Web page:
Can I recover benefits for Workers' Compensation if I am forced to quarantine because I was exposed to COVID-19 (coronavirus) at work?

26 Aug 2020
Many workers' are sometimes forced to be quarantined as a result of workplace exposure to COVID-19. Does workers' compensation apply to these exposures?

Many workers' are sometimes forced to be quarantined as a result of workplace exposure to COVID-19. Does workers' compensation apply to these exposures? The answer is probably no. Under Texas law you must actually have an injury or occupational illness to obtain Texas Workers' Compensation benefits. But what if you actually contracted COVID-19 at work, would you then be able to successfully recover Texas Workers' Compensation benefits? That is a tougher question, first, you would have to prove causation. That is, you would have to show that you actually contracted the virus at work and not somewhere else. This is not impossible, but might be difficult to do. For instance, if someone at your workplace contracted COVID and you were posting on facebook that you went to house parties or traveled out of town, then you would have a difficult time proving your exposure came from work. However, if you stayed home and no one in your household became infected and you knew of people at your work who were infected then you have a better chance to prove causation. Even then, Texas Workers' Compensation law only covers work illnesses that are an "occupational disease". An ordinary disease of life to which the general public is exposed outside of employment is not considered an "occupational disease". So if you are an office worker, would COVID be an "occupational disease"? Maybe not, because the exposure is not unique to that business. On the other hand if you are exposed in the medical field, such as an ambulance driver or hospital worker then you certainly have a better argument that you have unique exposure to the disease based on your occupation.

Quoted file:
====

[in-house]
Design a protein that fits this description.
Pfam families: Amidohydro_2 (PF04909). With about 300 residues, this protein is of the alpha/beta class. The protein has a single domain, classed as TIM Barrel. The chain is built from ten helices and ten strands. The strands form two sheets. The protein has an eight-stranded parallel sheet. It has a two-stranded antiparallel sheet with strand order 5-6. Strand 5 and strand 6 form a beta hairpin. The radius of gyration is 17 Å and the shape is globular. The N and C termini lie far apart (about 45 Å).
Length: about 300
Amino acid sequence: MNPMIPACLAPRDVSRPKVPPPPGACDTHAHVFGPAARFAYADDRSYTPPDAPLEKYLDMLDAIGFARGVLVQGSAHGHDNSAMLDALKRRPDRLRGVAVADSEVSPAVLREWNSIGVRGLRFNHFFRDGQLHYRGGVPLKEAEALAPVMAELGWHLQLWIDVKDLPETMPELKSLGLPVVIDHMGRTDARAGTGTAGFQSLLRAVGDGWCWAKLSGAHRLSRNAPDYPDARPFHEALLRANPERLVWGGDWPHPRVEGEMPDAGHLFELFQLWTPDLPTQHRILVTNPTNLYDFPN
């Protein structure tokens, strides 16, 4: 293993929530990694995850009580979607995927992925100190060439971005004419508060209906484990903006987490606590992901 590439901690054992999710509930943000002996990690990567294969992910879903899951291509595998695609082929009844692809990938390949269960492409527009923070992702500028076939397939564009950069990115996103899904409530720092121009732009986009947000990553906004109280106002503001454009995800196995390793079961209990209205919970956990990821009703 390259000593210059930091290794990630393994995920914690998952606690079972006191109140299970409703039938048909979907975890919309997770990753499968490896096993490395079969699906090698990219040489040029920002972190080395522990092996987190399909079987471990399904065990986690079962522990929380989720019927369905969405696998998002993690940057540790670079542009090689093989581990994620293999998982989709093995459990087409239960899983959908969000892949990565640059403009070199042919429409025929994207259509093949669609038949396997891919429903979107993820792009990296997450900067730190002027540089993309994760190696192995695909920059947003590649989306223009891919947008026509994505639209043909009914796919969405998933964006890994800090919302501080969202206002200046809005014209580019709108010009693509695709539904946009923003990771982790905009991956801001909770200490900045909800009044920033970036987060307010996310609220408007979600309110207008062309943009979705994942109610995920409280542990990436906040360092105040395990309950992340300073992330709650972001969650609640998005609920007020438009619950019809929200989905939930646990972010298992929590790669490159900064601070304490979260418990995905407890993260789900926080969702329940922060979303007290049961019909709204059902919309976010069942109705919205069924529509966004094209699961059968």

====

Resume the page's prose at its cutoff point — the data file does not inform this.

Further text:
But if you are denied Texas Workers' Compensation benefits due to it not being an "occupational illness", then you may be able to sue your employer for negligence if they did not take the proper precautions to protect you from the disease. See the link to my article regarding this information.



Roger Davie P.C. El Paso's Board Certified Personal / Work Injury, Wrongful Termination, Workers' Compensation and Employment Lawyer. Free Consultation.

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